Nothing X-rated here, though nature is making magic happen. As the summer garden kicks in gear and we inspect everything morning, noon and night, there’s one question on my mind a lot: is it a male or female? Why? Whether squash blossom or day-old baby chick, its future here depends on sexing.
The winter and summer squash plants have just begun to bloom. Yours, too, perhaps. If you are wondering why your plant is covered in blooms but you haven’t gotten any fruit yet, it’s most likely due to the first blush of many male blossoms. Look for the female blossom that has a tiny fruit, or ovary, attached. Those will be pollinated by the males and produce copious amounts of squash. In our Cooking Light garden, we have an ambitious amount of summer and winter squash varieties planted--more than any sane gardener would take on. If you’ve grown zucchini, you know one or two plants will keep you picking daily in high season. We’re trialing pool ball shapes, trombone shapes, and dainty summer squashes, such as Ronde de Nice, Ortolana di Faenza, Trombetta and Astia. On “Pumpkin Hill” -- the 100+ foot hill of running vines--we are trialing beautiful winter squashes with silvery or dark green leaves, such as Pink Banana and Thelma Sanders. If we can keep the squash bugs and borers at bay, we’ll soon have our hands full. Look closely at your squash plants to identify the boys and girls. If you have far more male blossoms than female currently, harvest a treat that only gardeners or same-day-service farmers can serve -- fresh squash blossoms. You won’t sacrifice any future fruit and can relish a luxury, like our Pimiento Cheese-Stuffed Squash Blossoms.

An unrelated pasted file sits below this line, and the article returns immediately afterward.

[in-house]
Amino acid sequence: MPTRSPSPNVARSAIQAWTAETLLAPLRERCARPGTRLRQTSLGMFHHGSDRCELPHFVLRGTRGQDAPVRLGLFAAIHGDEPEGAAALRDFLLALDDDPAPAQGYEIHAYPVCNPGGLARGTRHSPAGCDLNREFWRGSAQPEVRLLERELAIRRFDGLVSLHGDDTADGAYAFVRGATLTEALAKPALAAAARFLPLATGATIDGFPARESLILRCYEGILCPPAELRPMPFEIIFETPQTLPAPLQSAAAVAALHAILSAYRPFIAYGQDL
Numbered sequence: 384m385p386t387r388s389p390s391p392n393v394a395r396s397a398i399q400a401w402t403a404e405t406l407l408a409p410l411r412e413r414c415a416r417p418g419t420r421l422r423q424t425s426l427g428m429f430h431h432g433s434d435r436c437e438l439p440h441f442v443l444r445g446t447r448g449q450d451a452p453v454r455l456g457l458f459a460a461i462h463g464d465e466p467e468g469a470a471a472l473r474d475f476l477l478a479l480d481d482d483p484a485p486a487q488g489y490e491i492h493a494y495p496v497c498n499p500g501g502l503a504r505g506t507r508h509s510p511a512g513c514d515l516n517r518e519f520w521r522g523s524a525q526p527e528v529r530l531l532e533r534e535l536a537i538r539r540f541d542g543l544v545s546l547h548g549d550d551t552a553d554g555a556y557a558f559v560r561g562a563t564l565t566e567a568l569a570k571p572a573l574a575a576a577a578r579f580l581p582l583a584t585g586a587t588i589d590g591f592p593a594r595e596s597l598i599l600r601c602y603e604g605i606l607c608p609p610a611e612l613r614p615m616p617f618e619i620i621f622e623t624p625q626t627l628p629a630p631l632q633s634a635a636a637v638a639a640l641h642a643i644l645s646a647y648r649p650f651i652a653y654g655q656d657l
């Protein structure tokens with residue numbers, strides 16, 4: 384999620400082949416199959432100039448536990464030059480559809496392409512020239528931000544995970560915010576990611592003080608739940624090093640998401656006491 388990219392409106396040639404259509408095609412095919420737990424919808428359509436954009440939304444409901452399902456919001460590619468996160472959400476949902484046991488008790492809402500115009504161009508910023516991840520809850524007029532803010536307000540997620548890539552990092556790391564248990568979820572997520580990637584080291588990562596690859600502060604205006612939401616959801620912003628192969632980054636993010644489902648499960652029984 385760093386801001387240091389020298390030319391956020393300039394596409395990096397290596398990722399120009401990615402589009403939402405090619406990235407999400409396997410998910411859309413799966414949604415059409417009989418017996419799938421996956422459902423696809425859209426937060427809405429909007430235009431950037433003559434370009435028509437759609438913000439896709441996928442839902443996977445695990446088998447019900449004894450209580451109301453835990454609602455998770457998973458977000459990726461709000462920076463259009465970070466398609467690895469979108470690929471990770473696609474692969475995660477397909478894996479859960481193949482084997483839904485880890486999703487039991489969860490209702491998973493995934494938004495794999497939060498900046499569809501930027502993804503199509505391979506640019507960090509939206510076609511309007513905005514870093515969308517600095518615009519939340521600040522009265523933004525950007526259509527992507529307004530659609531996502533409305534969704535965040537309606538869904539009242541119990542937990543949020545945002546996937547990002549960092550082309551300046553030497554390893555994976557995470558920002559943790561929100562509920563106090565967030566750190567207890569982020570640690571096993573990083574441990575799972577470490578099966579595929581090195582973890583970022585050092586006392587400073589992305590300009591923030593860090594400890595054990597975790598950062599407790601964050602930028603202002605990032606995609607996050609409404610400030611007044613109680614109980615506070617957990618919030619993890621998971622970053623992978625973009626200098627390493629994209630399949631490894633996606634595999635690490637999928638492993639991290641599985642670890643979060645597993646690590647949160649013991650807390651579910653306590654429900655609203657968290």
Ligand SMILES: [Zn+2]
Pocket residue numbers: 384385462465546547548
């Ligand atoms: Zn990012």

Blooms aren’t the only thing bursting forth this week. We’ve hatched a clutch of eggs from our own “Valley Girls” at Maple Valley and our friend, P. Allen Smith, who has a passion for conserving heritage poultry. It’s nothing short of miraculous to see an egg “zip” in half with a tiny peeping beak breaking into the world. The fuzzy chirpers are too cute! Hatching your own raises the bar of chicken-keeping, however. Usually half will be male and we’re already at capacity for boys in the hen house. Hence the studious eye-balling of wing patterns and feathers and rolling the dice. We’ll have to choose a few males carefully and find new homes for the rest. If you’ve never seen a baby chick hatching from an egg, it is worth the 21-day wait. I felt like a wide-eyed five year old with my nose pressed to the glass of the incubator.
Take a tour of the garden through these photographs to see what else has happened in the last week. We’ve begun digging garlic for curing, the pole beans have curlicued ten feet to the top of the teepee, and sunflower faces are chasing the sunshine. Tomatoes should be ripe within a week or two! We have over 70 tomato plants to pick this summer. Want to help?